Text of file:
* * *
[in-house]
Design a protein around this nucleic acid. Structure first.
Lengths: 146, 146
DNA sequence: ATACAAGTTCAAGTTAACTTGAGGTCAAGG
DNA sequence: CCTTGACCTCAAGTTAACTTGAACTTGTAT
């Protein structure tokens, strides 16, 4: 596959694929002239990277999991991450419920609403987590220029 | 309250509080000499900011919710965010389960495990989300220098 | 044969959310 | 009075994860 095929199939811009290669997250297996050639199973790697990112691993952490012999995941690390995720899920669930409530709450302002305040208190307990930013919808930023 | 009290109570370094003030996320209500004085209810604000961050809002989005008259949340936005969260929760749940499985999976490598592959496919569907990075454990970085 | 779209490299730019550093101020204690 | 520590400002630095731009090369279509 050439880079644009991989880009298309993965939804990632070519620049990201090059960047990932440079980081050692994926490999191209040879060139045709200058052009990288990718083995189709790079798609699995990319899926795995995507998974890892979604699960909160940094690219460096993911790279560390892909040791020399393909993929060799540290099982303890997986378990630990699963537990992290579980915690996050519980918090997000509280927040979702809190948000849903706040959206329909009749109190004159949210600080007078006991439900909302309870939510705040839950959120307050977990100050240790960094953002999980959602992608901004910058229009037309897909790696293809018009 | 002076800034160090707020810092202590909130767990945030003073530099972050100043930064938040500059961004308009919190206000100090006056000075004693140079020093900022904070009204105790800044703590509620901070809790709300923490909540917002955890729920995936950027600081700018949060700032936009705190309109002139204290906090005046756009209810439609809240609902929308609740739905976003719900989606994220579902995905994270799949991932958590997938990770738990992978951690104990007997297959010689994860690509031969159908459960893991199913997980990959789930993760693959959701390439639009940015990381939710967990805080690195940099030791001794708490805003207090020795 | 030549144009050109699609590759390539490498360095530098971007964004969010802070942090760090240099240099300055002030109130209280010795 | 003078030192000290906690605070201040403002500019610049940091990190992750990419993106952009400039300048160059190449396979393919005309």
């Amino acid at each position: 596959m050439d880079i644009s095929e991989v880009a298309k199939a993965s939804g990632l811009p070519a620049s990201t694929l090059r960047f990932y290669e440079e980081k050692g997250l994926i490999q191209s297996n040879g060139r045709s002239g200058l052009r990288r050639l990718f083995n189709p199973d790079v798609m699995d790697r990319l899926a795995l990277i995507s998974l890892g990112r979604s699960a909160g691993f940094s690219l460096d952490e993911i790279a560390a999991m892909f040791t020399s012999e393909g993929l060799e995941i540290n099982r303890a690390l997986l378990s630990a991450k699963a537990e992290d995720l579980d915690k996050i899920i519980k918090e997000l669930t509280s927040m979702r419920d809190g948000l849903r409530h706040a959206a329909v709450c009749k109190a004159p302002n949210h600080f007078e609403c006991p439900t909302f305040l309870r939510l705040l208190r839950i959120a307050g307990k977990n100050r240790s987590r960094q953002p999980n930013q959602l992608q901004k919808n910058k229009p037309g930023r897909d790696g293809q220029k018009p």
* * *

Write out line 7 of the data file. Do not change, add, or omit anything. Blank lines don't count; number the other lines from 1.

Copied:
């Amino acid at each position: 596959m050439d880079i644009s095929e991989v880009a298309k199939a993965s939804g990632l811009p070519a620049s990201t694929l090059r960047f990932y290669e440079e980081k050692g997250l994926i490999q191209s297996n040879g060139r045709s002239g200058l052009r990288r050639l990718f083995n189709p199973d790079v798609m699995d790697r990319l899926a795995l990277i995507s998974l890892g990112r979604s699960a909160g691993f940094s690219l460096d952490e993911i790279a560390a999991m892909f040791t020399s012999e393909g993929l060799e995941i540290n099982r303890a690390l997986l378990s630990a991450k699963a537990e992290d995720l579980d915690k996050i899920i519980k918090e997000l669930t509280s927040m979702r419920d809190g948000l849903r409530h706040a959206a329909v709450c009749k109190a004159p302002n949210h600080f007078e609403c006991p439900t909302f305040l309870r939510l705040l208190r839950i959120a307050g307990k977990n100050r240790s987590r960094q953002p999980n930013q959602l992608q901004k919808n910058k229009p037309g930023r897909d790696g293809q220029k018009p």